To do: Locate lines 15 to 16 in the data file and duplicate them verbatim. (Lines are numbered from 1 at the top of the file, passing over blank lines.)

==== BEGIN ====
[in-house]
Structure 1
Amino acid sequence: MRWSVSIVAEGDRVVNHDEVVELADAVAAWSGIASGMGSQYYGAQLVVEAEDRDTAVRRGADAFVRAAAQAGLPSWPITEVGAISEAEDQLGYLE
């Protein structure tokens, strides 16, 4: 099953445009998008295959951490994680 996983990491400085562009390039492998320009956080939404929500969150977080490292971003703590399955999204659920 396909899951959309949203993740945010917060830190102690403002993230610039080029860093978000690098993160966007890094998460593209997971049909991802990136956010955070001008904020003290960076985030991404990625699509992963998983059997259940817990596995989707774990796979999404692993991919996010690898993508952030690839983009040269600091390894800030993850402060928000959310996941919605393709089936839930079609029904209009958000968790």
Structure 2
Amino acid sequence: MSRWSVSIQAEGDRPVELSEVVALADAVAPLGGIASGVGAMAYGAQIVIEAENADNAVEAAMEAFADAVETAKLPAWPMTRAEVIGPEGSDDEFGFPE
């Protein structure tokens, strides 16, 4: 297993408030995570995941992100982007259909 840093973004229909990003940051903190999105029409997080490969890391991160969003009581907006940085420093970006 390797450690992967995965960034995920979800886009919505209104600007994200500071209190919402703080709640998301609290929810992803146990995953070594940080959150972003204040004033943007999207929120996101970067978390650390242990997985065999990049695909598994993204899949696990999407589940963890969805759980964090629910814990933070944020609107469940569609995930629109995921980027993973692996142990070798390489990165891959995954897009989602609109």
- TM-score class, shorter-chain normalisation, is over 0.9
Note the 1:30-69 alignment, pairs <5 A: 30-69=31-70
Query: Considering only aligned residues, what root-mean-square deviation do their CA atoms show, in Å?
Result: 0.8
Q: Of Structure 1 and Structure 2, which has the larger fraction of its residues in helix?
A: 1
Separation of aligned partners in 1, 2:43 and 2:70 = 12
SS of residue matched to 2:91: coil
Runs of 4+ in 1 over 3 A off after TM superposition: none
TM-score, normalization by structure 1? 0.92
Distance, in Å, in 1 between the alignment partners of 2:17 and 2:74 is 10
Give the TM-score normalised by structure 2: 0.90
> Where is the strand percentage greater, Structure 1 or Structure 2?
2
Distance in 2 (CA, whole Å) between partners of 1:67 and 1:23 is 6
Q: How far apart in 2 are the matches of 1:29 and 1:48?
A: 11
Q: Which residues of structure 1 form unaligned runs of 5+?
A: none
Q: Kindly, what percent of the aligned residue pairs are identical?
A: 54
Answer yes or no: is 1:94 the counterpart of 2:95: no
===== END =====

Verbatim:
SS of residue matched to 2:91: coil
Runs of 4+ in 1 over 3 A off after TM superposition: none